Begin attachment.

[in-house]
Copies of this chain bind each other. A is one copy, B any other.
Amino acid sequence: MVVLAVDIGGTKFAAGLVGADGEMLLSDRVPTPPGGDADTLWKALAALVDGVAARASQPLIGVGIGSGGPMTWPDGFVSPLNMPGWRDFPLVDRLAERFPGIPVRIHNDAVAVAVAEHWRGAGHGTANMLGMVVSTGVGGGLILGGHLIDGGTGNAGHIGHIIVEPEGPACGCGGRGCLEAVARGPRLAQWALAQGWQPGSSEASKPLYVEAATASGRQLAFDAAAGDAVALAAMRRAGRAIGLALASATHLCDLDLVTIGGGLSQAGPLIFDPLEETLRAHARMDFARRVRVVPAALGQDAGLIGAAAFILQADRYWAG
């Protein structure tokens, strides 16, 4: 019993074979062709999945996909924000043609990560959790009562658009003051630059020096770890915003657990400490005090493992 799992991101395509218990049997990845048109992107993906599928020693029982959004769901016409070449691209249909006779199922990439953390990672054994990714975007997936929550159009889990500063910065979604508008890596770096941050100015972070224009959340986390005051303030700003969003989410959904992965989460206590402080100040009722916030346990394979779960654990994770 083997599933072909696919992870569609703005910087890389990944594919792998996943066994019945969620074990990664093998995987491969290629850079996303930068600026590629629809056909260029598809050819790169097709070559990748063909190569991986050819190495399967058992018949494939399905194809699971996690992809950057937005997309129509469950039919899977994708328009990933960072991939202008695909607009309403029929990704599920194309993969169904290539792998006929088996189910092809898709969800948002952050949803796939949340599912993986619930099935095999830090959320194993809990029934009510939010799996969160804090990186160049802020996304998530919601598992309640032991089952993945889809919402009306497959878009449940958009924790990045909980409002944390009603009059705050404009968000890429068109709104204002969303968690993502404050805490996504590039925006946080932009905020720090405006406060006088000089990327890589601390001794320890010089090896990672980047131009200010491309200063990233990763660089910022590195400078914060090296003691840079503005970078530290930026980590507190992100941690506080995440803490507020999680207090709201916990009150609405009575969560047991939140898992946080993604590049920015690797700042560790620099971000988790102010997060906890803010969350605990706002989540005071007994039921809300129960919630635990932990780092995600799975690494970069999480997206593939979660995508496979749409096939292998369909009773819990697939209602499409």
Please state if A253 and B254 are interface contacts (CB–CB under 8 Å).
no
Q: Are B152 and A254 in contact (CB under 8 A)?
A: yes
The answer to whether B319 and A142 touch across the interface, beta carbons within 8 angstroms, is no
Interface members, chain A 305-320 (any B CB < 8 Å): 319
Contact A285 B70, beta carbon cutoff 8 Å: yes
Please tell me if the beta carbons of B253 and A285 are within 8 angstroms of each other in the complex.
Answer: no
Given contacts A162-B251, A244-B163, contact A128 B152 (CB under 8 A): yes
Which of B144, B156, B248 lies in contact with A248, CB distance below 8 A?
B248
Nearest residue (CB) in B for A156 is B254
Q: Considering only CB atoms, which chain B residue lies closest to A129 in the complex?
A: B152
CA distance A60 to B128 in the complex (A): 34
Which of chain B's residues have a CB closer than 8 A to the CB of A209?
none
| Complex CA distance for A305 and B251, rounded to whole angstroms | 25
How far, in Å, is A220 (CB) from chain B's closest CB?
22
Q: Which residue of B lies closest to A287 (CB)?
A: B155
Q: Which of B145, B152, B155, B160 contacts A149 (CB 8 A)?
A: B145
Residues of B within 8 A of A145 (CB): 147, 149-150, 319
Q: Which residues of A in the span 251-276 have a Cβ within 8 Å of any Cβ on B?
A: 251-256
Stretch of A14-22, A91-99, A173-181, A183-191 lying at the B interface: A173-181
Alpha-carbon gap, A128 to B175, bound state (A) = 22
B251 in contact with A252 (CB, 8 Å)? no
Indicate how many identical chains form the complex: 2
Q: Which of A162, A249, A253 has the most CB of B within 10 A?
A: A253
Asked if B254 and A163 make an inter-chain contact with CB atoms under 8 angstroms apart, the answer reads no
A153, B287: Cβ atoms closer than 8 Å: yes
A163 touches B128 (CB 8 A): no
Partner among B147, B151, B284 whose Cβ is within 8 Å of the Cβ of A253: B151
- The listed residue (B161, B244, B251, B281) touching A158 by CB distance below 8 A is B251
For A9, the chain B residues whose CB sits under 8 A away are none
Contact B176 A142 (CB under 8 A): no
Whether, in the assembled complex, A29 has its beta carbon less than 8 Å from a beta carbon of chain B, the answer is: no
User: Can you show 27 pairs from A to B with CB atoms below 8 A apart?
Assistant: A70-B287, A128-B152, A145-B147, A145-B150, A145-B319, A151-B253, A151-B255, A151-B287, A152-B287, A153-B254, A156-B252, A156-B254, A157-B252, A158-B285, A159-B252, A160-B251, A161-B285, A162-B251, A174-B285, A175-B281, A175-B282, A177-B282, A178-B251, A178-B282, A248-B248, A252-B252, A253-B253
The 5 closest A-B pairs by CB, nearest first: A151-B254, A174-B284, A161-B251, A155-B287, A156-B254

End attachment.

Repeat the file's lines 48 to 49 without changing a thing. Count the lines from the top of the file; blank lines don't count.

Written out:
Assistant: A70-B287, A128-B152, A145-B147, A145-B150, A145-B319, A151-B253, A151-B255, A151-B287, A152-B287, A153-B254, A156-B252, A156-B254, A157-B252, A158-B285, A159-B252, A160-B251, A161-B285, A162-B251, A174-B285, A175-B281, A175-B282, A177-B282, A178-B251, A178-B282, A248-B248, A252-B252, A253-B253
The 5 closest A-B pairs by CB, nearest first: A151-B254, A174-B284, A161-B251, A155-B287, A156-B254